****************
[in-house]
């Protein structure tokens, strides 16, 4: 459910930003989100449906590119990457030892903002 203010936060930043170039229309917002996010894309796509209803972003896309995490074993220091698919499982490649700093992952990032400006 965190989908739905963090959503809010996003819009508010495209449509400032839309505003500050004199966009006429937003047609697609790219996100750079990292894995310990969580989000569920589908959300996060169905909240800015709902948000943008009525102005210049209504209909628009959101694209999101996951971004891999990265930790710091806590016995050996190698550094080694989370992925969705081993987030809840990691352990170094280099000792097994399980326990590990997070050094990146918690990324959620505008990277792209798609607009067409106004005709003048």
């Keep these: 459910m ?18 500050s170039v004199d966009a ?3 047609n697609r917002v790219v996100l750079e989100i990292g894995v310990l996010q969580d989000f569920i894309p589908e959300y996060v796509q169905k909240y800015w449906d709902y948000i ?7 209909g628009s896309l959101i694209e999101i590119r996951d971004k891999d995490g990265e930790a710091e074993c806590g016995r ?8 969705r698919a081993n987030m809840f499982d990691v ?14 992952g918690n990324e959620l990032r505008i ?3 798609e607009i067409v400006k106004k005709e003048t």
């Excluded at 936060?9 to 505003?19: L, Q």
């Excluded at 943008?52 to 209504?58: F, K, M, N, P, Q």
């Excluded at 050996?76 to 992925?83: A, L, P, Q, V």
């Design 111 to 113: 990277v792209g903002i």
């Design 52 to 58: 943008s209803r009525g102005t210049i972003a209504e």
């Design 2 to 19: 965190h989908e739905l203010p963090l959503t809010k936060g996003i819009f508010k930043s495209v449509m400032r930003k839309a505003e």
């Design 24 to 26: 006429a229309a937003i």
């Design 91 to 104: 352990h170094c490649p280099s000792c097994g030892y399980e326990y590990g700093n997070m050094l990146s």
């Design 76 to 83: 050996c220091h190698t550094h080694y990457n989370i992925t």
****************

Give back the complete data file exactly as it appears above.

[in-house]
């Protein structure tokens, strides 16, 4: 459910930003989100449906590119990457030892903002 203010936060930043170039229309917002996010894309796509209803972003896309995490074993220091698919499982490649700093992952990032400006 965190989908739905963090959503809010996003819009508010495209449509400032839309505003500050004199966009006429937003047609697609790219996100750079990292894995310990969580989000569920589908959300996060169905909240800015709902948000943008009525102005210049209504209909628009959101694209999101996951971004891999990265930790710091806590016995050996190698550094080694989370992925969705081993987030809840990691352990170094280099000792097994399980326990590990997070050094990146918690990324959620505008990277792209798609607009067409106004005709003048």
């Keep these: 459910m ?18 500050s170039v004199d966009a ?3 047609n697609r917002v790219v996100l750079e989100i990292g894995v310990l996010q969580d989000f569920i894309p589908e959300y996060v796509q169905k909240y800015w449906d709902y948000i ?7 209909g628009s896309l959101i694209e999101i590119r996951d971004k891999d995490g990265e930790a710091e074993c806590g016995r ?8 969705r698919a081993n987030m809840f499982d990691v ?14 992952g918690n990324e959620l990032r505008i ?3 798609e607009i067409v400006k106004k005709e003048t």
């Excluded at 936060?9 to 505003?19: L, Q």
């Excluded at 943008?52 to 209504?58: F, K, M, N, P, Q």
């Excluded at 050996?76 to 992925?83: A, L, P, Q, V």
């Design 111 to 113: 990277v792209g903002i």
């Design 52 to 58: 943008s209803r009525g102005t210049i972003a209504e």
């Design 2 to 19: 965190h989908e739905l203010p963090l959503t809010k936060g996003i819009f508010k930043s495209v449509m400032r930003k839309a505003e």
């Design 24 to 26: 006429a229309a937003i």
């Design 91 to 104: 352990h170094c490649p280099s000792c097994g030892y399980e326990y590990g700093n997070m050094l990146s």
């Design 76 to 83: 050996c220091h190698t550094h080694y990457n989370i992925t």